Mark Leckey

Ahead of his exhibition at Gavin Brown’s Enterprise in New York, and forthcoming retrospective at Wiels, in Brussels, Mark Leckey talks to J.J. Charlesworth about what it means 'be' in the midst of a world where images have become things

By J.J. Charlesworth

The Universal Addressability of Dumb Things, Hayward Touring Exhibition, Installation view (2013). © the artist. Courtesy the artist and Gavin Brown Enterprise, New York GreenScreenRefrigeratorAction, 2010. © the artist. Courtesy the artist and Gavin Brown Enterprise, New York A Month of Making, 2014 (installation view). Photo: Thomas Müller. © the artist. Courtesy the artist and Gavin Brown’s Enterprise, New York Mark Leckey photographed at Gavin Brown’s Enterprise, New York, May 2014. Photo: Jeremy Liebman Circa '87, 2013. © the artist. Courtesy the artist and Gavin Brown Enterprise, New York Fiorucci Made Me Hardcore, 1999 (film still). Courtesy Galerie Buchholz, Berlin/Cologne Stills & Trailers, 2012 (installation view, Galerie Buchholz, Cologne). Courtesy Galerie Buchholz, Berlin & Cologne

Mark Leckey is busy printing objects, or perhaps they’re copies of objects. It’s April, and between phone calls from my car and Skype calls from his kitchen, Leckey explains what he’s putting together for A Month of Making, a May–June exhibition at Gavin Brown’s Enterprise in New York, which itself anticipates a solo exhibition at Wiels, Brussels, this coming September, and which is a continuation, of sorts, of Leckey’s remarkable curatorial project, The Universal Addressability of Dumb Things, which was commissioned by the Hayward Gallery and toured the UK throughout 2013. For the Gavin Brown show, Leckey is getting together some state-of-the-art 3D printers, which he’ll set to work to print out solid versions of already existing objects, objects scanned to become digital information, which in turn will produce new objects: copies, or ‘dupes’, as he’s calling them.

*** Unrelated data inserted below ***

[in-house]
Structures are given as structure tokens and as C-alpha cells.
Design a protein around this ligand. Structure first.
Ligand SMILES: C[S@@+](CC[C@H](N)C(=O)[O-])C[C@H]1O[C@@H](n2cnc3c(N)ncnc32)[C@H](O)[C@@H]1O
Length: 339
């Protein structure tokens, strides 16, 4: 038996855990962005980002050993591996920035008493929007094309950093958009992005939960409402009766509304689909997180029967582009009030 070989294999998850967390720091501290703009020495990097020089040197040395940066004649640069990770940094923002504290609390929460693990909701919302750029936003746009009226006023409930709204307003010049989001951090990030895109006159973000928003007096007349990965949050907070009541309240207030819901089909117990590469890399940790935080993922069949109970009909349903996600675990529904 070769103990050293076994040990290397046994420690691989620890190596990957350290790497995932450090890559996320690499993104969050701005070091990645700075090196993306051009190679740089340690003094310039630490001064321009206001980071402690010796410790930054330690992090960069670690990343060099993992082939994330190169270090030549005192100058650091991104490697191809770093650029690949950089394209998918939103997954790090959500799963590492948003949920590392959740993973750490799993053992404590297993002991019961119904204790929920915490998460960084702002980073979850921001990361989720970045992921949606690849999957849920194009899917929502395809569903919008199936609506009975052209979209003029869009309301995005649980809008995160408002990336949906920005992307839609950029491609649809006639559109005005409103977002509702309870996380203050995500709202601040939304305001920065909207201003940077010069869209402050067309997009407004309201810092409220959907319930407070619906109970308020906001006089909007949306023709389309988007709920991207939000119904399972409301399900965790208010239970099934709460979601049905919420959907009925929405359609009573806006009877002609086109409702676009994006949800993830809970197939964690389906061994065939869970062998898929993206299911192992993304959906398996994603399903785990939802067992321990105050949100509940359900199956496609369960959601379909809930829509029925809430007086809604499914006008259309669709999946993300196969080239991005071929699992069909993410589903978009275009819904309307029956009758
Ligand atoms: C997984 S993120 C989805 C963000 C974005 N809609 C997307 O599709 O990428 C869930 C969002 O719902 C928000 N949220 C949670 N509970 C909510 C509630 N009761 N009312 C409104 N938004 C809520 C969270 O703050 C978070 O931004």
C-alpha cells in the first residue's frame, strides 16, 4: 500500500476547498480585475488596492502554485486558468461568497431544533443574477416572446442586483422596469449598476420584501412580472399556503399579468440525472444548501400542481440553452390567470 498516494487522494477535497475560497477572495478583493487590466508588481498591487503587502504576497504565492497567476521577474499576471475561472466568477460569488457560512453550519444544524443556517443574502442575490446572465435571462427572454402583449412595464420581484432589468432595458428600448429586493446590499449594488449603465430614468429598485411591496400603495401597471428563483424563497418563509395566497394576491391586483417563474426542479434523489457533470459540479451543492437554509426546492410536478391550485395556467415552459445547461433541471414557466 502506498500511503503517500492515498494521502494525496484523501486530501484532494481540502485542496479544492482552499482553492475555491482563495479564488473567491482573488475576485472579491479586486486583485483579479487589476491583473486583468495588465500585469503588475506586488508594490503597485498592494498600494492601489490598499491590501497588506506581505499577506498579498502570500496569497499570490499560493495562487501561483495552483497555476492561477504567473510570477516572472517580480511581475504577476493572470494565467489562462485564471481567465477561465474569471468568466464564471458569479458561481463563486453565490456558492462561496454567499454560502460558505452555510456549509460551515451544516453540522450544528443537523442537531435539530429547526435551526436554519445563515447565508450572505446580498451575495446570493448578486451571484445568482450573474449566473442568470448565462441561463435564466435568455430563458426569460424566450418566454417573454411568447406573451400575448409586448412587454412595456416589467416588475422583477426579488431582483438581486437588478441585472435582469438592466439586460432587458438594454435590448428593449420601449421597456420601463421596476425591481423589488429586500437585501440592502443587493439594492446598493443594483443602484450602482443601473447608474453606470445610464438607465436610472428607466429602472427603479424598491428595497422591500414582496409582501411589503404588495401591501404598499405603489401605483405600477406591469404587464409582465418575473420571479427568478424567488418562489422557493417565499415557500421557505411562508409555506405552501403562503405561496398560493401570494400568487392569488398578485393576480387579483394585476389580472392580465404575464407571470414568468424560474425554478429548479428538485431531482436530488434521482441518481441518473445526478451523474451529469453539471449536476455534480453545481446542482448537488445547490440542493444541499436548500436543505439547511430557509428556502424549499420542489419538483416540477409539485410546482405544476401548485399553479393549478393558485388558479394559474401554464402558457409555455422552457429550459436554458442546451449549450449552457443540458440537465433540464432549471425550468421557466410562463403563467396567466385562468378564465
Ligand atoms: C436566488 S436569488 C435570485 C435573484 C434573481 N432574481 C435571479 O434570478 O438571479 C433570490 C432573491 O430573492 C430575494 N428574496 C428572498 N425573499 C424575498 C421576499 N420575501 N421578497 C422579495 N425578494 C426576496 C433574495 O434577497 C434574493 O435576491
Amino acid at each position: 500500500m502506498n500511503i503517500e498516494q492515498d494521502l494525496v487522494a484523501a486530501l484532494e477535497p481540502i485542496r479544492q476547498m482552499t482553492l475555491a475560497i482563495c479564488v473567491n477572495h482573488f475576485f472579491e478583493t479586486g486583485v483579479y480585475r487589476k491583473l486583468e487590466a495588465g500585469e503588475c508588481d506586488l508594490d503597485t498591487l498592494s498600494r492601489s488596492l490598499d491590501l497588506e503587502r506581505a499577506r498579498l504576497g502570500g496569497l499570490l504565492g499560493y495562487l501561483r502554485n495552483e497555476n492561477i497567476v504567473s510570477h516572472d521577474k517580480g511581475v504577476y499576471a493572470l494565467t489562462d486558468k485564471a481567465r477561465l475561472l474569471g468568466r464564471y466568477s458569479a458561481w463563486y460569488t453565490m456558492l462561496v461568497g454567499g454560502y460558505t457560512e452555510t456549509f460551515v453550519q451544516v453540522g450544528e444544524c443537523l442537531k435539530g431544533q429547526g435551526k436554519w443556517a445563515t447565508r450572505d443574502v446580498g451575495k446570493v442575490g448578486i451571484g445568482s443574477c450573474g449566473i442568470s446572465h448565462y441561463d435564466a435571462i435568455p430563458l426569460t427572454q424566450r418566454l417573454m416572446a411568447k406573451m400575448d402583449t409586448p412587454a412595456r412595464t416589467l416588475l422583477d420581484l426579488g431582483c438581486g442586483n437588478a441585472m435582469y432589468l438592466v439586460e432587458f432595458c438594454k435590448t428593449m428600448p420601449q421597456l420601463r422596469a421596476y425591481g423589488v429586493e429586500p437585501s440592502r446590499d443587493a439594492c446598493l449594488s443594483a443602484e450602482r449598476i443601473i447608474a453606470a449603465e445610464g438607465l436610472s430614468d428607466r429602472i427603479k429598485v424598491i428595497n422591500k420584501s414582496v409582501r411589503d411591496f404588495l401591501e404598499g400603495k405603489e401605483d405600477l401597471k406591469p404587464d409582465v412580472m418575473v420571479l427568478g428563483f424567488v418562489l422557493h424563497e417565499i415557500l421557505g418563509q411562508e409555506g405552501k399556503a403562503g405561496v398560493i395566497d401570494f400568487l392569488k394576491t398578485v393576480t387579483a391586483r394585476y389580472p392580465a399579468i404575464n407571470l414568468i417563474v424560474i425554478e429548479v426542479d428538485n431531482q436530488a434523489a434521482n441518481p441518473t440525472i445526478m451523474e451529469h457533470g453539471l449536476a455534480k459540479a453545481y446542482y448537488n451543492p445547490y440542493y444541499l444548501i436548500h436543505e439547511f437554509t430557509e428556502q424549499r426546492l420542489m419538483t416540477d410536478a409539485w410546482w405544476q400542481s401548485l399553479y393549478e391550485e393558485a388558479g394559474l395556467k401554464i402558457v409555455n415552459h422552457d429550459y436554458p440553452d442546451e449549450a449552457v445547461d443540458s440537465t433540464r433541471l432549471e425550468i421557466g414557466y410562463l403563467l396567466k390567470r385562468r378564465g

There’s always been a restless, impatient enthusiasm to Leckey’s exploration of our culture’s mixed-up, obsessive relationship with both things and images, and the experience of our own fascination with and enthrallment to them. It’s an exploration that has become increasingly ambitious as it has encompassed video, object, installation, ‘performance lectures’ and eventually, with The Universal Addressability…, the business of curating too.

‘I don’t want to look at things, I want to be in them’

The 2008 Turner Prize-winner first came to attention for his breakthrough video Fiorucci Made Me Hardcore (1999) – a nostalgic elegy for the energy of subculture in Britain during the 1970s and 80s, a kind of biographical recollection composed of other people’s footage. Sequences of people losing themselves in the moment were edited in a manner somewhere between documentary and decelerated pop promo. But these were images, also, of people adopting self-images – style, dance moves – becoming images, as it were. And closer in, that video seemed to set up the question Leckey has been elaborating answers to ever since: what it means to be alive in a culture of images, and in some way, to live with and through them, while at the same time flirting with the possibility of becoming other to oneself, to become an object, or a thing. As Leckey declared during a discussion at the ICA a few years ago: ‘I don’t want to look at things, I want to be in them.’ It’s a desire that seems to resonate with our current moment, in a culture that, though everywhere mediated by images and networks, puts huge store in the transparency of connectedness, of our access to and implication in everything virtual. ‘Always on’, in the thick of what is seen and said onscreen, we have begun no longer to distinguish between the ‘here’ of the material and the ‘there’ of the virtual, the image.